By Nakeshia Diop
The Chilkat Valley News
Patrons stepping into the Pioneer Bar in Haines on Friday and Saturday night were transported to the 1950s, as the establishment celebrated 70 years in business. The walls of the bar were adorned with 45s from the artists that defined what many consider the Golden Age of America. Even though the jukebox was no longer in service, the music of Elvis Presley, Pat Boone and Bobby Darin boomed through the bar.
The bartenders and waitresses wore chiffon dresses, full skirts and polka-dot prints. Christy Tengs Fowler, owner of the Pioneer Bar and Bamboo Room, sported a blonde wig and pink jacket on Friday as she played trivia with her friends. Despite owning the bar with her husband, Bob Fowler, since 1991, this was her first time playing trivia at the establishment.
Festivities over the weekend also included music from Skagway rock and roll band New Twin and an enormous cake that said, “The Pioneer Bar, Cheers to 70 years!” Patrons also enjoyed ‘50s gastronomy such as tuna salad sandwiches, Swedish meatballs, Jello molds and ham roll ups.
“It was really great, I was really happy with it. And I was glad that we went back to the 50s, because 50s music is so happy, and everybody just really enjoys themselves,” said Fowler.
On Saturday night, Fowler performed a song that she had written a week prior about her life story, which is deeply intertwined with the history of the bar itself. The song is titled, “Doin’ Life Behind Bars,” which provides a glimpse into the love-hate relationship Fowler has developed with the place she considers home.
Amidst the laughter and conversation, one could strain to hear the lyrics: “Born into this life, I’m a product of alcohol/Mama claimed I was conceived on whiskey sours after all/Raised on pepperoni sticks and pickled eggs in jars/I’ve been doin’ life behind bars.”
Fowler’s father Marty Tengs had come to Haines in 1952 as a steelworker to work on the Lutak Dock. He met Christy’s mother Helen Bergstrand, who came to Alaska to be a teacher, at the Harbor Bar, and the two married in 1953.
That same year, Tengs became co-owner of the bar with his friend Ole Lillegraven, and by the following year he was the sole owner. The place the Bamboo Room now stands used to be a liquor store and card room until Fran Fox leased the space in 1956 and separated the bar from the restaurant with a bamboo curtain.
Fowler’s family lived in an apartment above the bar, where music would often seep through the floors. “This was part of my home, always,” said Fowler, looking across the bar. “It was a crazy place to grow up.”
The story unfolds as Fowler sings on, “Daddy made me do my schoolwork/Sittin’ in the Bamboo Room/Feel like I’m at home when I smell gin and cheap perfume/Oh, rollin’ quarters washin’ dish rags and sweepin’ up cigars/I’ve been doin’ life behind bars.”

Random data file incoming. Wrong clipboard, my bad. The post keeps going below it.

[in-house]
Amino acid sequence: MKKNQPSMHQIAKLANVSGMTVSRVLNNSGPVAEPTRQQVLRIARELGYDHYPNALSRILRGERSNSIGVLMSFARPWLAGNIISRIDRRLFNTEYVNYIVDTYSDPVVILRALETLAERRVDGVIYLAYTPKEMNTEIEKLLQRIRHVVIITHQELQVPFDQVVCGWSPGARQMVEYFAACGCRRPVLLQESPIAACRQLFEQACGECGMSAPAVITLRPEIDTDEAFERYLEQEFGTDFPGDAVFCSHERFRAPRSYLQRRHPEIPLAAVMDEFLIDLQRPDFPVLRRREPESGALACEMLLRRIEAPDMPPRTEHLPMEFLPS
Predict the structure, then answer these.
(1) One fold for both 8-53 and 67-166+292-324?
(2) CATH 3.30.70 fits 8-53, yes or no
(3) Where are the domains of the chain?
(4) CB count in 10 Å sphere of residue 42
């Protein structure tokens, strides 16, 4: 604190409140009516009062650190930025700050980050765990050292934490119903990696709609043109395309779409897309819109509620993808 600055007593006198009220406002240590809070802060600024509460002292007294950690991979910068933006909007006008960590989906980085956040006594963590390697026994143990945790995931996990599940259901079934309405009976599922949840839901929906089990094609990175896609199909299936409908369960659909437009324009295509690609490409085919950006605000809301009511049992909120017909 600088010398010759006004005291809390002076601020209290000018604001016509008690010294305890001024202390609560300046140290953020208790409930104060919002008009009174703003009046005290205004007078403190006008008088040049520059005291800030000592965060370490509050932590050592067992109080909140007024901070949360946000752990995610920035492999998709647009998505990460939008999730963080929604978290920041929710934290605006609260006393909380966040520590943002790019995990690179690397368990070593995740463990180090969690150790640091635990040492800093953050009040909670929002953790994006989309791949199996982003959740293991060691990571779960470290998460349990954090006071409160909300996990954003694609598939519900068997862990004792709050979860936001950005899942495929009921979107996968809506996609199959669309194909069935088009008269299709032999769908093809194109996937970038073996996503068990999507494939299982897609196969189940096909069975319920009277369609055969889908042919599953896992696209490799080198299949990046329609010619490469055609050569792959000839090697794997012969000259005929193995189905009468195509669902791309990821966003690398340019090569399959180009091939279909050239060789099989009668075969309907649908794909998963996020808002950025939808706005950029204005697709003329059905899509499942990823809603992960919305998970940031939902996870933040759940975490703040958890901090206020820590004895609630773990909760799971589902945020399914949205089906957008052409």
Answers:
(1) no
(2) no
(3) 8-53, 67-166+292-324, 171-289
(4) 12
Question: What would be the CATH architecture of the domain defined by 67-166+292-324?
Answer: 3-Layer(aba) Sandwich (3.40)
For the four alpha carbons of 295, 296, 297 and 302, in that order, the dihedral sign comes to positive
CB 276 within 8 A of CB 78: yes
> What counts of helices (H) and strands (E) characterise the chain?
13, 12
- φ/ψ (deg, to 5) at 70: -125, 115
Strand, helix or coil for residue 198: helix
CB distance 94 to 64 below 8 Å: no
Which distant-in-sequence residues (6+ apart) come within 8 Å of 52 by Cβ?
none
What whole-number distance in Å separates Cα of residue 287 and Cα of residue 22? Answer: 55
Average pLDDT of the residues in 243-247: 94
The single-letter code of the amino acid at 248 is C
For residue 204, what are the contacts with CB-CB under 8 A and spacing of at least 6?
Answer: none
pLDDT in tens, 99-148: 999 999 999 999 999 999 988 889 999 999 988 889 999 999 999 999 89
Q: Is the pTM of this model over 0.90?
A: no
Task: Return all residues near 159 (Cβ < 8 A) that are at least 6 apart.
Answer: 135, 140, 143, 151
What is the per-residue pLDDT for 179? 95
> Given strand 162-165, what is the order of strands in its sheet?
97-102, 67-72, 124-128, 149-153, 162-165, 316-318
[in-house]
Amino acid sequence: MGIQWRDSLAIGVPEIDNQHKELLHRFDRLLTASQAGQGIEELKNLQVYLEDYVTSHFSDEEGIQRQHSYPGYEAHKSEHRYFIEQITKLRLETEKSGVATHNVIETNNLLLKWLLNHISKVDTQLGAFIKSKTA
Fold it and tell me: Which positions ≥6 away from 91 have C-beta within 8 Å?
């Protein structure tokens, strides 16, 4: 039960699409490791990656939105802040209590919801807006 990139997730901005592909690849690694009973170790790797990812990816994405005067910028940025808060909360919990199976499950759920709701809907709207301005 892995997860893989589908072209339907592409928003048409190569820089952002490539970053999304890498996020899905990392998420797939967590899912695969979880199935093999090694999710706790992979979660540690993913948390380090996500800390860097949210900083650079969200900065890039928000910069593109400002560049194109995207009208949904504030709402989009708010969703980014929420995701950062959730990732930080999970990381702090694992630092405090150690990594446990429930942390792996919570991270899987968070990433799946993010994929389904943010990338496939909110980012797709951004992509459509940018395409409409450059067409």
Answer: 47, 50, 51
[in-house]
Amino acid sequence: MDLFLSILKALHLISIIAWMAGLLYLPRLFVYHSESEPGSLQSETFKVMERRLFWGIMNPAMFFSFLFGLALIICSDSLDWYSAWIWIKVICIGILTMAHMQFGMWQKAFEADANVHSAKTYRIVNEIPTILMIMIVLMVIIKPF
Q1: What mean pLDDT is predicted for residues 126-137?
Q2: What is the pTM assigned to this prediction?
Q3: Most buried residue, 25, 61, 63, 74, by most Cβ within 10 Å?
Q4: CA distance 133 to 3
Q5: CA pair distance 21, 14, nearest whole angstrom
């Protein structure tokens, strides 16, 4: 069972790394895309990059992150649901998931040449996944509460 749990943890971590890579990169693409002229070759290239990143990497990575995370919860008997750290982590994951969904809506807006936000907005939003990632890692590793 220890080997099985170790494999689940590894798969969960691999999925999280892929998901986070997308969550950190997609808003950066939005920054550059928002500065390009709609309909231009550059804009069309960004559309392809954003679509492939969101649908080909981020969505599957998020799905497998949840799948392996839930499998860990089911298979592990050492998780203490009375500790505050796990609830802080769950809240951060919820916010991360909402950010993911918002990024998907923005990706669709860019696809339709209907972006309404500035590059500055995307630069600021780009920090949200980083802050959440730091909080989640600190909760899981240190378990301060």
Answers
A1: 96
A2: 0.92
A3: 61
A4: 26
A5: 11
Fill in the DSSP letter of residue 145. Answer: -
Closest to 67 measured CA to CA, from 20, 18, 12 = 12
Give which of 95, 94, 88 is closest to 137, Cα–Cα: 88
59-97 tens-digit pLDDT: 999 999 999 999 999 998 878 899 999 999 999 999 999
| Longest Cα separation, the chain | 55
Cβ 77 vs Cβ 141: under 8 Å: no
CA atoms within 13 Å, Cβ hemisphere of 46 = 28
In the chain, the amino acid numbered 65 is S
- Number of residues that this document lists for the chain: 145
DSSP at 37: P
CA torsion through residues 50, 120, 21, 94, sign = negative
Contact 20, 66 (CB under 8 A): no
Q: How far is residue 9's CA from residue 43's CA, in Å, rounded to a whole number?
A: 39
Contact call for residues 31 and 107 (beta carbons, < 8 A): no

Fowler started bartending when she was 19. “I remembered drinks even better than people’s names sometimes,” said Fowler. When she had her two sons, Marty and Chevy, the boys also grew up working at the Pioneer Bar and Bamboo Room. “These boys both waited tables and cooked here and worked from when they were like seven years old.”
Speaking of her and her husband Bob Fowler, she said, “We’re still pouring coffee, Bob’s still cooking, and I’m still waiting tables.”
Even though it was a lot of hard work, Fowler said growing up, “my dad made great money, so it was worth it.” Then she paused. “But there were a lot of hard times with his drinking, you know. And then there would be boom and bust, boom and bust all the time.”
The song ends with the verse, “Won’t you buy this place/Put a smile upon my face and serve me drinks in my cabana on island time.”
Fowler said she’s ready to sell the business, even though letting it go would be hard. “I really want somebody to buy it who keeps the spirit of the place.”
Her love for the Pioneer Bar and characterization of its spirit is encapsulated in another song she wrote, titled “Crossing the Bar.” New Twin played the song Saturday night.
“Come for the spirit of friends who have gone,” they sang. “Come for a taste of the love that lives on. Come for the poets who speak through these walls. And tell us to dance ‘til we hear that last call.”
The celebration of 70 years of the Pioneer Bar ended with the band singing “Cause our time is measured, we don’t get another shot. Cause our time is measured, hey let’s have another shot!” Then Fowler rang the bar bell and everyone took a shot in honor of the Pioneer Bar, the Bamboo Room, the Fowlers, and all that they have meant to the Haines community for the past seven decades.